29 August 2017

Victorian Government must urgently intervene to ensure Princes Highway duplication remains on track

The Victorian Government must urgently intervene in a planning dispute to ensure the duplication of the Princes Highway between Winchelsea and Colac remains on track.

The Turnbull government is proudly providing $185.5m for 50 per cent of the cost of the duplication which is capped funding, meaning that any potential cost overrun is the responsibility of the State Government.

This project is vital for road safety, jobs and for south-west Victoria.  I have fought passionately for Princes Highway duplication for the past eight years.

A 15 kilometre section of the road, between Warncoort and Armytage Rd, is under threat of running up to 12 months behind schedule.

That’s because plans by road construction contractor BMD to source clean clay for the road base from land adjacent to the highway, known as “borrow pits”, have ended up in VCAT.

Unless 200,000 cubic metres of clay can be sourced locally within a matter of weeks, the costs of the project will blow out by an estimated $6 million.  A total of 400,000 cubic metres of clay is required for this section of road which, if not sourced locally, could mean a budget blowout of $12 million.

The Victorian Government must ensure this extra funding is available, if required, to avoid any delay during the critical summer months when much of the road construction is scheduled to take place.

Under these circumstances, it is misleading for Vicroads to state publicly that the project is on time and on budget.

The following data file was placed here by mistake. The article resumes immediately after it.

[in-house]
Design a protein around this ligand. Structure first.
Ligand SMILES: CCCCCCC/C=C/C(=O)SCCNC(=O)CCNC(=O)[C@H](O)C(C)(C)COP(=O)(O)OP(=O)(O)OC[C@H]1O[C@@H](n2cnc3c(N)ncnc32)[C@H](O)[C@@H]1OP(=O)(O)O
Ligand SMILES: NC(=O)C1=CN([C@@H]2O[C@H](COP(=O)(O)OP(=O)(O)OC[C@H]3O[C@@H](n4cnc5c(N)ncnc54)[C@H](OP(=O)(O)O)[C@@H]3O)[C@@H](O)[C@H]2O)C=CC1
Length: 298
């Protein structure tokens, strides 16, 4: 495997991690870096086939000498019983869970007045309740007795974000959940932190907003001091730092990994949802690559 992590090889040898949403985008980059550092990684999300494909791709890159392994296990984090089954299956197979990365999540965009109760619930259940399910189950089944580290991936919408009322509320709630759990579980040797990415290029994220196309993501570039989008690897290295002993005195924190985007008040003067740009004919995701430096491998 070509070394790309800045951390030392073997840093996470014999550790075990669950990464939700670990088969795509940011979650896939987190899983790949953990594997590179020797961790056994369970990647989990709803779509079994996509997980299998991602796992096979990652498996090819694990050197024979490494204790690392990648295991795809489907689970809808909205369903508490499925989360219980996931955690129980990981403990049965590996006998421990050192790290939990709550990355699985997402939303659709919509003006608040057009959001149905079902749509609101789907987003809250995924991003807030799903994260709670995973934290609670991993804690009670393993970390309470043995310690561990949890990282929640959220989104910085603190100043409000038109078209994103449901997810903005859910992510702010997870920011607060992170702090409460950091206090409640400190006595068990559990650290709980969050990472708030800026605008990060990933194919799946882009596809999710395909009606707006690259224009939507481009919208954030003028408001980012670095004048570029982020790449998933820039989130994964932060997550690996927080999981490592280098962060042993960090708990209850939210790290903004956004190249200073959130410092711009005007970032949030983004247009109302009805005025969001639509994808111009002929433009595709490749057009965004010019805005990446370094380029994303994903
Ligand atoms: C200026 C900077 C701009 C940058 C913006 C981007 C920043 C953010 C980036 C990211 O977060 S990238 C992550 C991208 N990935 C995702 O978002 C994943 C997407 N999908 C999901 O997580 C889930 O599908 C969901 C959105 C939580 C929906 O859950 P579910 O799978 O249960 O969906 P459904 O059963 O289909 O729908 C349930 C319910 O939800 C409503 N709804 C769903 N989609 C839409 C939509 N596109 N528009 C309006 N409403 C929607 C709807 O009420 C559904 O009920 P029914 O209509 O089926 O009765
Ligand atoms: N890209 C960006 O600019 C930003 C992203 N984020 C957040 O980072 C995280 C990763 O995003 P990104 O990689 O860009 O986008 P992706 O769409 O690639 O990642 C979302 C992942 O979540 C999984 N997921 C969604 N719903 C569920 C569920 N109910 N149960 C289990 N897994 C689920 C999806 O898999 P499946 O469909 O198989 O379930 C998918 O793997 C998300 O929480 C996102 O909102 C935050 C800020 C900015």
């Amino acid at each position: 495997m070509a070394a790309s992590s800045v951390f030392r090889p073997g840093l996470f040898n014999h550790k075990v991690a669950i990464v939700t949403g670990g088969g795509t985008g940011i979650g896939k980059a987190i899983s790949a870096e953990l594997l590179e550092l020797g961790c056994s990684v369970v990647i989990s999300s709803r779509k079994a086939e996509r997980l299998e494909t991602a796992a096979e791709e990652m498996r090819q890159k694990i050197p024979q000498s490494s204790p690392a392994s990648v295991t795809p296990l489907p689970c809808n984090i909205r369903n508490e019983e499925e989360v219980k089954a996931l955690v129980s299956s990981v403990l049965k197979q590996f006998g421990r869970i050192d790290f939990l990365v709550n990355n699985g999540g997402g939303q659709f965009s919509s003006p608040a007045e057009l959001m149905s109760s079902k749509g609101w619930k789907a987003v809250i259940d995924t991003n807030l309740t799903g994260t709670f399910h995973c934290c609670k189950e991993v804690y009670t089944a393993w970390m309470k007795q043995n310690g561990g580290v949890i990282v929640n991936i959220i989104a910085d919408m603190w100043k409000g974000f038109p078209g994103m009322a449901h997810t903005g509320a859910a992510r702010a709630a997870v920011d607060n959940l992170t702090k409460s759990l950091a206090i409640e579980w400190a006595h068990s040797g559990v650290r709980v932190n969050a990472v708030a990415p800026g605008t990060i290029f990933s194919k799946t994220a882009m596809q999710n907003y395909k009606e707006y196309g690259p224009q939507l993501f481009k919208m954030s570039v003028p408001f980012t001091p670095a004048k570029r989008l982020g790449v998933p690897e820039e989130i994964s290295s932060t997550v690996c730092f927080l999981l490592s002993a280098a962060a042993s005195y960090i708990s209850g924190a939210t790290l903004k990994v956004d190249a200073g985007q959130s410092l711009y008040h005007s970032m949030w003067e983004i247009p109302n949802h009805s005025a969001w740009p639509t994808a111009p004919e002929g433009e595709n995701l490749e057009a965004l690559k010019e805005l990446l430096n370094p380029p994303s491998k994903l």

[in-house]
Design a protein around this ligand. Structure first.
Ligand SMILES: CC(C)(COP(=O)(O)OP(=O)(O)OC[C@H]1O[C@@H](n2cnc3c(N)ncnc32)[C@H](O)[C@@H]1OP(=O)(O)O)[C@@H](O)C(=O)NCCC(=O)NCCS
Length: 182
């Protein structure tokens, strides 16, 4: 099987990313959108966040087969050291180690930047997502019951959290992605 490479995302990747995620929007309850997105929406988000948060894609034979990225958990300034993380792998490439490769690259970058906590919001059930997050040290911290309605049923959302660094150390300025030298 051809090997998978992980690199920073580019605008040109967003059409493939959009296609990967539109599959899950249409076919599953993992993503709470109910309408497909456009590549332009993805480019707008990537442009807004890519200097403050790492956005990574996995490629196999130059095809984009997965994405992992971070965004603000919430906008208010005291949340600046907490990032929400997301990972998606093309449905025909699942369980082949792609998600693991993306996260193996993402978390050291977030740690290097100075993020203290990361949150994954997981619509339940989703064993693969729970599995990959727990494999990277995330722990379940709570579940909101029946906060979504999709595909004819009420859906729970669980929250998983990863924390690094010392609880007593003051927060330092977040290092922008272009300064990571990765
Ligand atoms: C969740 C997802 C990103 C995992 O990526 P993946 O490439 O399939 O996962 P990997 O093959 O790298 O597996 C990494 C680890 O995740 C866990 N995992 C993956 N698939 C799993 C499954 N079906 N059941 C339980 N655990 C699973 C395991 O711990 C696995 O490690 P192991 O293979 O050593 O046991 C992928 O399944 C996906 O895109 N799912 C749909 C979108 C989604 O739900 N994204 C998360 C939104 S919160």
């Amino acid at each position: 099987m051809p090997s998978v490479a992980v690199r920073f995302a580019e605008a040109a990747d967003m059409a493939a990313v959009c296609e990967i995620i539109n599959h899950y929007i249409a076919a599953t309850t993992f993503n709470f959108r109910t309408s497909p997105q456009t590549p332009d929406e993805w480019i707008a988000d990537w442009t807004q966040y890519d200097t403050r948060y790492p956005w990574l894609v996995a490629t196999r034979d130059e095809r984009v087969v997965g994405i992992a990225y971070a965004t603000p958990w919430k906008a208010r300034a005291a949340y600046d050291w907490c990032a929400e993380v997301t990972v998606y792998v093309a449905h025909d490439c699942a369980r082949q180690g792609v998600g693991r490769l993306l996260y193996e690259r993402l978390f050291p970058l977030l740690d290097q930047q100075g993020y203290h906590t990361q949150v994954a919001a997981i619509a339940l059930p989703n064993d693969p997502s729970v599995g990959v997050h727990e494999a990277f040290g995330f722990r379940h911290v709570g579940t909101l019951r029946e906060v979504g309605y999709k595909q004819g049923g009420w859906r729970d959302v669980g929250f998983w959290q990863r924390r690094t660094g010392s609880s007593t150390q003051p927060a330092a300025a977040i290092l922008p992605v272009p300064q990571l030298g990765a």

While Colac Otway Shire granted BMD a planning permit to excavate clay from the borrow pits, this has been appealed by MCG Quarries which is attempting to establish a quarry on Mooleric Road, north of Birregurra.

BMD could immediately apply to VCAT for an urgent hearing on the basis that this is a project of “state significance.”

The Victorian Planning Minister, Richard Wynne, also has the option to intervene. Under the Victorian Planning and Environment Act, he could amend the relevant planning scheme without notice to remove the requirement for a planning permit.  He also has the option to “call in” the planning dispute and grant BMD a planning permit for the extraction of clay from the borrow pits.

I am concerned that the Planning Minister and the Victorian Roads Minister, Luke Donellan, are sitting on their hands.  The Victorian Government is responsible for this project which must be completed on time and on budget by mid-2019.

While this dispute must be urgently resolved, significant progress is being made by construction crews along the Princes Highway.

Construction continues on the 11.5km first section between Winchelsea and Armytage Road.  One side of a 6.5km section is already completed and open to traffic.

Construction on the 15km second stage between Armytage Road and Warncoort is also well underway with concrete being poured and retaining walls erected for two new bridges at Warncoort.  Bridge beams are being constructed off site in preparation for their installation in October. The twin bridges will replace a level crossing and enable the speed limit on that section of the highway to be raised from 80 km/h to 100 km/h.

The contract for the Warncoort to Colac East third section is expected to be awarded over the coming months.

29 August 2017